Loose Canons: Natano Keni
Loose Canons is a series in which we invite artists we love to share five things that have informed their work. Meet the rest of our Loose Canons here.
Natano Keni is a Samoan playwright, director and performer who was born and raised in the Hutt Valley. He trained at Toi Whakaari: New Zealand Drama School and has worked with Tikapa Productions, Kila Kokonut Krew, Tawata Productions and Barbarian Productions. He's also worked extensively with organisations that focus on youth development, through schools and juvenile detention centres – using theatre as a tool to question and problem solve.
In 2015 Natano wrote and performed his debut play Manny Pacquiao of Timberlea at Circa Theatre for the Matariki Development Festival. As a result of this development, Natano is now co-directing (with Sarita So) a new iteration of the play, renamed Riverside Kings, which opens tomorrow night at BATS Theatre as part of the Kia Mau Festival 2017.
Salaki and Filifilia
I owe a lot to my parents, the original caregivers, who have always allowed and supported me in everything I do. They have always worked so hard to bring us up, despite a large family including my brothers and brothers and sisters from other mothers. Through them I have learnt and I'm inspired by their great generosity and their stories. I also think that they’re pretty crack-up characters and hope to put them in my future work, I just need to find the right brushes to paint them with. They have instilled a lot of positive things in my life; love for language is one of them.
I think back to a time when we were not allowed to speak English in the house. It was as though there was a line at the door and as soon as we stepped foot into the house, we were only to speak Samoan. I am so thankful for this because I guess the language stuck and now I will always have that link back to them and our cultural heritage. This is something that definitely fuels my work as an artist; a gateway into describing and seeing the world through this particular and beautiful lens that is full of metaphors and poetry.
My first experience of travel would be our family's eight-month stay in Samoa as an eight year-old. I ended up going to school there. After my first introduction to the ruler hitting my fingertips, followed by the cane for being late, I knew I was no longer the new kid and had been immersed into this new way of life.
Later, while I was at Toi Whakaari, I went to Uganda as part of my third-year secondment. Again I got to meet a new culture and I found it was so different yet similar to my own. Being faced with a country that had gone through such a horrific experience, and seeing the way they were trying to rebuild themselves and preserve what was left of their culture was a truly humbling experience.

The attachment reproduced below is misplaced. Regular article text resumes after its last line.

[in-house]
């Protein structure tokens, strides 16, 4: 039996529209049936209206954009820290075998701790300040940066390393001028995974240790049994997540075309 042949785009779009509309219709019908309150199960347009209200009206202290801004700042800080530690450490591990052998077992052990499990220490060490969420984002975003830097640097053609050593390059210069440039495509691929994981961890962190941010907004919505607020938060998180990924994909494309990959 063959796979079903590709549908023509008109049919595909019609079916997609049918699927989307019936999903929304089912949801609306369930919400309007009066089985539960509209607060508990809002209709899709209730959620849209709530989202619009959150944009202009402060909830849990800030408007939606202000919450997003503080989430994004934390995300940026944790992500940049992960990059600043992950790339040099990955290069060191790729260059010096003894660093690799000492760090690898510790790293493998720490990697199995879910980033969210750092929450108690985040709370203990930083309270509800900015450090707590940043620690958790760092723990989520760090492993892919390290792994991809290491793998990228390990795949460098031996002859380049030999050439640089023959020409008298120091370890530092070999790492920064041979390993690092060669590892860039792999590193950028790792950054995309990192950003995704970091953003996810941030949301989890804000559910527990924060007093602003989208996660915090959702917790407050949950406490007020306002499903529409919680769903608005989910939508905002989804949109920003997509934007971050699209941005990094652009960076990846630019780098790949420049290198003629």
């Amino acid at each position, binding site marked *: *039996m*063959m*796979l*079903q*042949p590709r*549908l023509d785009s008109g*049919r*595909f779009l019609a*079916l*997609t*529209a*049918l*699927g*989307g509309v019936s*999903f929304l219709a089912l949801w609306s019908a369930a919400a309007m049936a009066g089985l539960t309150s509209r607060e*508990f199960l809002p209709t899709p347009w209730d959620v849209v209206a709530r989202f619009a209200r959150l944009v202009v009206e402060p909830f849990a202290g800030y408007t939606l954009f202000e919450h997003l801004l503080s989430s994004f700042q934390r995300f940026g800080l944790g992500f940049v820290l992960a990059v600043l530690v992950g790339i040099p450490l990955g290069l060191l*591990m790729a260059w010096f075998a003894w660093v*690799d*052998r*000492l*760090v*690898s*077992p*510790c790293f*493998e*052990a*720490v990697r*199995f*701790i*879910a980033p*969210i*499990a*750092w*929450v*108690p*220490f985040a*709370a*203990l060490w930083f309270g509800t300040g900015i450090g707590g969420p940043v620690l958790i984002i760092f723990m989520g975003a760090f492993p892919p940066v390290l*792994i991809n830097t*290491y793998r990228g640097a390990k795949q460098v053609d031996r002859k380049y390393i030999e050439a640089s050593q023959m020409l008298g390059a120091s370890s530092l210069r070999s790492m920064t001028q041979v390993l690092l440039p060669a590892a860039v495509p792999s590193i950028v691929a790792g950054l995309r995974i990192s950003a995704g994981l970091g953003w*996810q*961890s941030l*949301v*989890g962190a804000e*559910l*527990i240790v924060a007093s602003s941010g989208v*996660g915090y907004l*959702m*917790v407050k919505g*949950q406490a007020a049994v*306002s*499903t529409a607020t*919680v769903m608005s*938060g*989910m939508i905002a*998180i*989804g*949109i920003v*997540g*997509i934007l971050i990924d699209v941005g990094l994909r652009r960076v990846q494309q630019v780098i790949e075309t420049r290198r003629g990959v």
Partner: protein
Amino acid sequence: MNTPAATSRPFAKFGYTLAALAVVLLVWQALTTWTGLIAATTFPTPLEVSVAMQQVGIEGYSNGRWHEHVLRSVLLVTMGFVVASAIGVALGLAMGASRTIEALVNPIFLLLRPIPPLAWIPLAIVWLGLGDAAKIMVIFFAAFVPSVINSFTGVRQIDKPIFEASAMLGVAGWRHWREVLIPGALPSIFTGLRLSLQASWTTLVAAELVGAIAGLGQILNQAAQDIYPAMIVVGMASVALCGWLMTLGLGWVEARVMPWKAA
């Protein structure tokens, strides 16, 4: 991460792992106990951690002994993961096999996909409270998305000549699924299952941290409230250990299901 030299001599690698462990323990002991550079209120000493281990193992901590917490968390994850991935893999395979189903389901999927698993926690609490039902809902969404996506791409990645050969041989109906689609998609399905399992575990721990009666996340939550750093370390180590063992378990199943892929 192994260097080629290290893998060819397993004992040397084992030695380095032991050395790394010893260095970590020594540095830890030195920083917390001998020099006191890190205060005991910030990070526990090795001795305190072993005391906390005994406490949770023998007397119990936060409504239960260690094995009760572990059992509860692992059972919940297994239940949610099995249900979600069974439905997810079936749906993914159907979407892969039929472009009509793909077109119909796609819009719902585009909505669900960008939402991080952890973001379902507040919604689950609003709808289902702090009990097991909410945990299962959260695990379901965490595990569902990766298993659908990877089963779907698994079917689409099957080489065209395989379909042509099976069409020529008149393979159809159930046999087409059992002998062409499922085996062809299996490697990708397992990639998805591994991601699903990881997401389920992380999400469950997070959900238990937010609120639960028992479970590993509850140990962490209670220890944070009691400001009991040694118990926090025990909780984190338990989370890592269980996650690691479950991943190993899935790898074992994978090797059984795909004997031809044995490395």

I love travel because as an eternal student of life, you can always learn something when travelling to other lands and culture, meeting the people of the place and living with them. It's something that fuels my work; that curiosity and investigation into other realms and ways of life.
I’m sure nearly every Samoan kid has a White Sunday story. It's a day that's supposed to celebrate children – I always thought of it as the only day when the children got to eat first. We would normally have to perform some sort of skit loosely based on a bible story, followed by a song and recitation. A 'White Sunday Festival of the Arts' if you will, where parents were the directors and the children performed for their supper. How loud you were would determine how much food you got to eat.
KK, my eldest brother, was my first director. I remember KK was recovering from an almost fatal car accident and through a recovery like that, where else does one turn to but the arts? I remember him throwing himself into this project, as self-appointed director of all our shows. I will always commend him on revolutionising the bible stories. His aim was to make our plays relevant and contemporary. By coming up against the conservative parents with stories set in pubs and brothels, to the soundtracks of Platoon, Last of Mohicans and Terminator 2, he was a trailblazer. He was also a taskmaster who demanded perfection – I’m not sure if we were ever any good, but it makes me laugh every time when I think back to our first showing under his direction, seeing the parents and the way their jaws dropped. In a way, he got people thinking outside the box and approaching the teachings in a more creative way. The bible as inspired by popular culture!
So I think pushing the boundaries, rules, whatever you want to call them, is something that I took away from his approach. Again it’s that investigation and curiosity to keep exploring in your work, and also doing it for the love and length of time that he has now been at it is something else inspiring. Even some 20-odd years later, he is still directing White Sunday plays, despite saying every year that he’s going to hand it over.
Junot Diaz – Drown
This was introduced to me by my group of creative mates, the Amigos. At the time it was the first book that I had read in a while. When I started it, it was a rare occasion where I felt it captured something that really spoke to me and my upbringing and culture in a different context. The way it captured life and the perspective and descriptions – it was modern and nostalgic at the same time. It reminded me of my own memories of youth and I just loved that it gave a voice to people and characters that I’d rarely seen in mainstream representation.
Anderson Paak – Malibu
I'm rarely a diehard fan for any one particular artist, but when I first heard Anderson Paak's new album Malibu, particularly Heart Don’t Stand a Chance, I knew it was my jam. I just love the layers in it and when I heard this particular track I thought I wanted to become a drummer. The song itself is a fuel; for party time, happiness, energy, work.